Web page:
Dear My-Poor-Neighbors,

No, that sound you heard this evening was not actually the wail of cats being repeatedly tortured for a prolonged period of time. That was me, trying to see if I could re-discover one of my hobbies.

With my apologies, NFAH

Long-time readers of this blog will know that, aside from being a science-y type, I have long had musical aspirations on the side. This started with piano lessons, ages 5-17. There was a hiatus, ages 17-25, and then I decided to take up the violin. Half on a challenge (someone told me once that as a piano player I was not suited to do it). Half on a desire stemming from having played keys with a string orchestra in high school. Took violin lessons for four years ages 25-29, but then when I finished my PhD things slowed down again. Darned jobs and all that. I managed a year and a half of singing in a semi-pro choir when I came to England ages 31-32.5 before my job got too busy for three nights a week, and in that time recorded two “real” classical-choral CDs, which was fun. (Note to commenters who asked about my CDs on a previous post–email me and I can send you details! I believe those who asked all know my email or if not drop a comment and I’ll send you the links.) It was sort of an opportunistic thing. I sang in a choir in high school, and did musical theater, but mostly because I also played the piano for the choir and did piano accompaniment for theater stuff. I never really wanted to sing the way I wanted to play the piano, or later, the way I wanted to learn to play the violin.

But then, last week, jet-lagged and fresh off the plane from America, back all of ~20 hours, I got a mass email looking for amateurs for an orchestra. And I started drooling. Because I took up the violin in graduate school, I did not have the history with the instrument that most people, who take it up in primary school, have. I have played songs by myself and duets with my teachers. I have never played in an orchestra. And man, do I want to!

Problem number one then arose immediately. My original violin is in my parents’ basement in Minnesota. I’m here. My second (!) violin is here, but it’s electric!

There are two reasons for my having moved the electric violin to England and having left the ‘analog’ version at home. One, I live in a one-bedroom flat in a densely populated town (this is England, is there any other kind?) The “silent” violin is brilliant and much less of a guilty thing for me to play in such circumstances–what noise they hear is nothing compared to the richness of what I hear through the headphones. Two, and most peculiarly, the thing was always more comfortable for me to play compared with my “real” instrument, which I had first and for several years before I got the Yamaha. It has an integrated shoulder rest, and I even tried to buy the same brand of shoulder rest for my “real” instrument and it still did not feel as good. And my teachers hated the bow that came with my “student violin kit” and loved the bow that came with the Yamaha. (Geeky engineer in me says: Go Carbon Fibre Technology!) And let me note that mine was NOT a cheap student violin, the thing cost me a fortune and was paid for in installments when I was in grad school doing my PhD, at a time when I did not have lots of money but was still splashing out for the instrument and for lessons. ANYWAYS, I digress. I moved, I brought the electric violin with me. I played it occasionally in the first few months that I was here, but then joined the choir and got really busy. Used my digital piano a fair bit during that time to learn my alto parts, since I was a bit rusty at the singing thing, having not done much of it since high school.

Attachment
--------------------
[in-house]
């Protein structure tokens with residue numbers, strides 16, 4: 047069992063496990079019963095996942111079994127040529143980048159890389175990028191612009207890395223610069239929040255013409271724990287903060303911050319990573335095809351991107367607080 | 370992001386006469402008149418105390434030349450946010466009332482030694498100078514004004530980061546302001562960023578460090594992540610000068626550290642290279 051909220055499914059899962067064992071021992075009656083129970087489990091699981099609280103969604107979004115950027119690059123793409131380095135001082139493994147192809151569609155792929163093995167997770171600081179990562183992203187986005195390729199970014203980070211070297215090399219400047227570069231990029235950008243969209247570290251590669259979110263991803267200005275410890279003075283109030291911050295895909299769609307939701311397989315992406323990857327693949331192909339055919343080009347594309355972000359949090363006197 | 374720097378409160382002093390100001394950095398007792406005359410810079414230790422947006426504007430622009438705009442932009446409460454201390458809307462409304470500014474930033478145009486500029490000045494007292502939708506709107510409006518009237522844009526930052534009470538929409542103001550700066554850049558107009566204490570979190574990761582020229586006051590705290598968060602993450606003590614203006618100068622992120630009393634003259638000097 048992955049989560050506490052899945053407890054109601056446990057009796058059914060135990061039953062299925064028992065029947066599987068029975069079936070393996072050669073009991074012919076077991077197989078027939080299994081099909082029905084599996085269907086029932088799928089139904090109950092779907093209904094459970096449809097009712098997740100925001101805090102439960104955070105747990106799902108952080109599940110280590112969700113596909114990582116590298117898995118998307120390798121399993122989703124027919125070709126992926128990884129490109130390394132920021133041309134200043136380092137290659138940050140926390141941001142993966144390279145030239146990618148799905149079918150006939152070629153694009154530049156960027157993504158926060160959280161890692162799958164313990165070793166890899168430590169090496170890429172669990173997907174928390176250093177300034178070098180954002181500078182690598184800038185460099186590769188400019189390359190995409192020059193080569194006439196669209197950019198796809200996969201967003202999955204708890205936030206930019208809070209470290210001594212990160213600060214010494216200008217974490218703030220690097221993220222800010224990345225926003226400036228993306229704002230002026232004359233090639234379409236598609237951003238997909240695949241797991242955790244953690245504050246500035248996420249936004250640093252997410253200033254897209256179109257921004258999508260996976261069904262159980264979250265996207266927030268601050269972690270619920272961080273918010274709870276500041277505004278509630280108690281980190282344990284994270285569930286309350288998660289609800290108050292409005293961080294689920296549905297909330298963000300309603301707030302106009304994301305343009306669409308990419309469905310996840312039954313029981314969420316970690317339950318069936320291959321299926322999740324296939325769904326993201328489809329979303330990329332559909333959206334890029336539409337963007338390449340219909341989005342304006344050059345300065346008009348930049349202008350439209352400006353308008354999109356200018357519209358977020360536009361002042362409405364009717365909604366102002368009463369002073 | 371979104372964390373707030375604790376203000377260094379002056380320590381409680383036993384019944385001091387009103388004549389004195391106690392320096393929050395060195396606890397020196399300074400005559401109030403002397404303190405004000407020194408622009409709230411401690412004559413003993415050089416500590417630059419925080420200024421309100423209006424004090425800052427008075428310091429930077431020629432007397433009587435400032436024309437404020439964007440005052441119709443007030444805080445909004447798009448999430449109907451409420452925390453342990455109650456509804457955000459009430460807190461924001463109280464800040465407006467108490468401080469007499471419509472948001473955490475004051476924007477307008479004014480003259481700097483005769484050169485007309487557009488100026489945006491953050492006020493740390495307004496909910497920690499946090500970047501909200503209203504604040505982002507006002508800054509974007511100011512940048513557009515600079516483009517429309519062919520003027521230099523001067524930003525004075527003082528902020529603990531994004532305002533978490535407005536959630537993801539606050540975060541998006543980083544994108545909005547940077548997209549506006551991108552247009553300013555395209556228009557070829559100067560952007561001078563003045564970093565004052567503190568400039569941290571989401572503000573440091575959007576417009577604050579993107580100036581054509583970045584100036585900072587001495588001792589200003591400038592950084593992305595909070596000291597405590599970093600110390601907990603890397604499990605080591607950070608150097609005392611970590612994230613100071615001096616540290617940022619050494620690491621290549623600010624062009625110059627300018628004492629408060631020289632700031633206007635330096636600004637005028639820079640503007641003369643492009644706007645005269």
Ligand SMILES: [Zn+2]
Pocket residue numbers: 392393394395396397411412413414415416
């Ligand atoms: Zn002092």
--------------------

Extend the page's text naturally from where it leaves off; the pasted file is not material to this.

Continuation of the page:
(Um, yes, in addition to the violin, I also moved an 88-key digital Kawai piano to England. These things always sound reasonable in my head but when I write them on the screen they start to look funny… maybe this is not a good time to mention that in addition to the electric violin and digital piano I also brought over my Grandmother’s vintage Tenor Banjo that she played in the 1939 World’s Fair… now I really digress. There is clearly much here in the category of “a story for another day”.)